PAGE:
Director of data science Gregor Lämmel on “AI in action”
Market Logic Team
Gregor Lämmel, Director of Data Science at Market Logic Software, joined host Anthony Kelly on the AI in Action podcast to discuss his foray into the world of AI-driven insights technology and the role Market Logic plays in the exciting SaaS landscape.
Powered by Alldus International, premium AI Workforce Solutions, the AI in Action podcast breaks down the hype around AI and explores the impact that Data Science, Machine Learning and Artificial Intelligence have on our daily lives. It shares insights from technologists and data science enthusiasts and showcases top AI developments from around the world.
From transportation systems to consumer insights
Gregor Lämmel joined Market Logic in 2018 after a career in research and academia, where he worked on large-scale transport issues and in aerospace. His transition from theory to practice was gradual but not particularly difficult – the major difference is, he says, the faster pace of change and shorter iteration cycles in the private sector, which means there is more room for fast innovation.
Fast innovation for insights
At Market Logic, Gregor and the rest of the technology teams work on providing B2B SaaS solutions to help clients run truly insights-driven businesses. Major firms like Coca-Cola, Unilever and Procter & Gamble spend millions on market research to truly understand their consumers, but that data is often processed manually and then forgotten in siloes.
Market Logic provides a centralized market insightsplatform for all market research data, comprising thousands of presentations, reports and table data, where insights professionals can organize their data, find new insights from their data and can easily collaborate with their peers. A Market Logic platform is similar to a proprietary Google, LinkedIn and Twitter for each client’s market research.
The technology driving data-driven insights
Crunching the data involves many state-of-the-art AI and Big Data technologies, like NLP, Deep Learning. Technologies like named entity recognition and multi-word expression extraction are processed with market taxonomies, and the resulting data is stored in the knowledge graph – which helps make sense of it all, create new insights, and draw conclusions from it. (Read all about knowledge graphs here.)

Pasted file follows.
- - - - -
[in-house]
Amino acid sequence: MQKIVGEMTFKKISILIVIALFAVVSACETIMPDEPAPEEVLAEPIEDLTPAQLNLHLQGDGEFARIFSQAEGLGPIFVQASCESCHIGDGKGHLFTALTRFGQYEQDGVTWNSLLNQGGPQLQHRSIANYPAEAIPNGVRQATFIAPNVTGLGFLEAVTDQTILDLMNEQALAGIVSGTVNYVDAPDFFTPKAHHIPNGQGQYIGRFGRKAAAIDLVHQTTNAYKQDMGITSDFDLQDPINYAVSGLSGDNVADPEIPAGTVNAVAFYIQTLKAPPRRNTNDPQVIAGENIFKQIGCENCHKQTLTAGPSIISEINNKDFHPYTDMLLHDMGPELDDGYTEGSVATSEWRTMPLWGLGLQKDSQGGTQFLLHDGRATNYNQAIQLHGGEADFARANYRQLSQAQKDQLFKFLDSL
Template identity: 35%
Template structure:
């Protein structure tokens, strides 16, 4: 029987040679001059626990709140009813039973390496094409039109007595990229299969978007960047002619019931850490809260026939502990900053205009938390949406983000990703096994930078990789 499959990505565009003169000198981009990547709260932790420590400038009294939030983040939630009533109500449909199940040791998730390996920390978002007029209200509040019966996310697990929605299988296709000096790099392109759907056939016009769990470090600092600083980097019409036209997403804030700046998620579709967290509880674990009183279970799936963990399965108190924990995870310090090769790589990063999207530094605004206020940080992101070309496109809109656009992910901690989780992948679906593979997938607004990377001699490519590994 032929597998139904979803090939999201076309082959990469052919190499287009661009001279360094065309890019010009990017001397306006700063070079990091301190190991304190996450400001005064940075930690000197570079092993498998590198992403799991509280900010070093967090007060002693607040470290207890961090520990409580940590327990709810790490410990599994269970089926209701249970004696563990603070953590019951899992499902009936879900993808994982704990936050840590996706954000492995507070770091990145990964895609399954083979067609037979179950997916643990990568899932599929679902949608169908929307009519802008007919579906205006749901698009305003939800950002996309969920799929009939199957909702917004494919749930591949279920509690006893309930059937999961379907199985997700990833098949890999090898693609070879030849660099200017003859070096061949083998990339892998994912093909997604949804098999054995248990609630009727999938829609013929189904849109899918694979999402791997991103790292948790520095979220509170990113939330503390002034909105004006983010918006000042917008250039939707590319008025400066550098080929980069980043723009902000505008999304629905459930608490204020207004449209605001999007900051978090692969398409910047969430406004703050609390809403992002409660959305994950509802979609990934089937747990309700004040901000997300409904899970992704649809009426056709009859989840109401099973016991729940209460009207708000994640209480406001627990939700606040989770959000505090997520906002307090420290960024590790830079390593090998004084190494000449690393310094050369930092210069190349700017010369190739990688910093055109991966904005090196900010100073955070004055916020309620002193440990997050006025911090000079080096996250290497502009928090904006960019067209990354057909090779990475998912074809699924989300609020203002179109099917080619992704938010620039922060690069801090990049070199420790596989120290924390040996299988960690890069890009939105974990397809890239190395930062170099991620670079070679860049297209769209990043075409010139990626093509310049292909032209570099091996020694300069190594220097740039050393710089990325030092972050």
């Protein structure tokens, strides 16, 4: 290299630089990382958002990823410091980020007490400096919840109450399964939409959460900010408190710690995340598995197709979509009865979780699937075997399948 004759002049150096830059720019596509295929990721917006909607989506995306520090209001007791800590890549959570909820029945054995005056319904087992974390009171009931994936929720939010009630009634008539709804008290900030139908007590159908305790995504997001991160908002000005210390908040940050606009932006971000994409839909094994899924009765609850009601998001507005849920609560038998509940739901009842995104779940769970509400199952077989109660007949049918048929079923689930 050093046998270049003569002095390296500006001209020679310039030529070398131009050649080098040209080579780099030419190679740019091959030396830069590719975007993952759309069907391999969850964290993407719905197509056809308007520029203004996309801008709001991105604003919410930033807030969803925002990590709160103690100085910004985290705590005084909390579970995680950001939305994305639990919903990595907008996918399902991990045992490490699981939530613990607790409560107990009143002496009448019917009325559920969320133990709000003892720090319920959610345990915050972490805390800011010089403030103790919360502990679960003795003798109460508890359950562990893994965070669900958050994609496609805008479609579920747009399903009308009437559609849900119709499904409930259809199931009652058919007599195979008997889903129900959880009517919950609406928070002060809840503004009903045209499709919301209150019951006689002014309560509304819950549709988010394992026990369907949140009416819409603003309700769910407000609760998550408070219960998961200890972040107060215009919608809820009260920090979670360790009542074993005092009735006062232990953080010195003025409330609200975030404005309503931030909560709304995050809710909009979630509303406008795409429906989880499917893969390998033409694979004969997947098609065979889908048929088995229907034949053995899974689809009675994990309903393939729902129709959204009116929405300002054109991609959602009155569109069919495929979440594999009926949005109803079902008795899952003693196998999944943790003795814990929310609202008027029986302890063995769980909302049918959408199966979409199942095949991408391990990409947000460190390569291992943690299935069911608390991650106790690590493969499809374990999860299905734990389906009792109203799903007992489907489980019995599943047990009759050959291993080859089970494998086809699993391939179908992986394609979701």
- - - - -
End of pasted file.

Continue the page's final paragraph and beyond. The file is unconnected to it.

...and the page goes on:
Symbolic AI vs Deep Learning
Gregor weighed in on symbolic AI vs Deep Learning and which one has a better practical implementation. Although symbolic AI was famous in the 1980s and 1990s, nowadays Deep Learning and Neural Networks have become more in fashion. Market Logic technology uses the best of both worlds.
The knowledge graph is a symbolic representation (you look at it and understand what the relations are about – almost like natural language). But if you want to understand the similarity or difference between concepts, you need a numerical representation, which is where Deep Learning comes into play. Gregor’s team tries to use symbolic representation wherever possible, especially because it’s easier to debug.
Finding insights quickly with the Auto-Summarizer
Market Logic’s flagship AI product is called the Auto-Summarizer, which helps users get through large amounts of documents in a short amount of time. Instead of users scanning hundreds of documents to find the insights they need, the Auto-Summarizer builds upon clean data that is already extracted in the data ingestion layer, then automatically evaluates the data to determine if it contains “Findings”: insights within artefacts that are used directly for learning and decision making.
For example, if a user wants to understand how well a certain shampoo is selling in the UK, they would see 500 results. Within the documents, there are common entities and synonyms expressing a sentiment, like “consumers don’t like olive oil scented shampoo.” The Auto-Summarizer extracts this information and displays it as a Finding.
Communicating the benefits of AI to business stakeholders
In summary, Gregor explained how to prove the ROI of AI to business stakeholders. He thinks there needs to be a real exchange of ideas: data science teams, in particular, need to be cross-functional and include a business intelligence expert. It is important to provide continuous education and exchange of information within a company so both the technology and business sides understand the value the other is creating.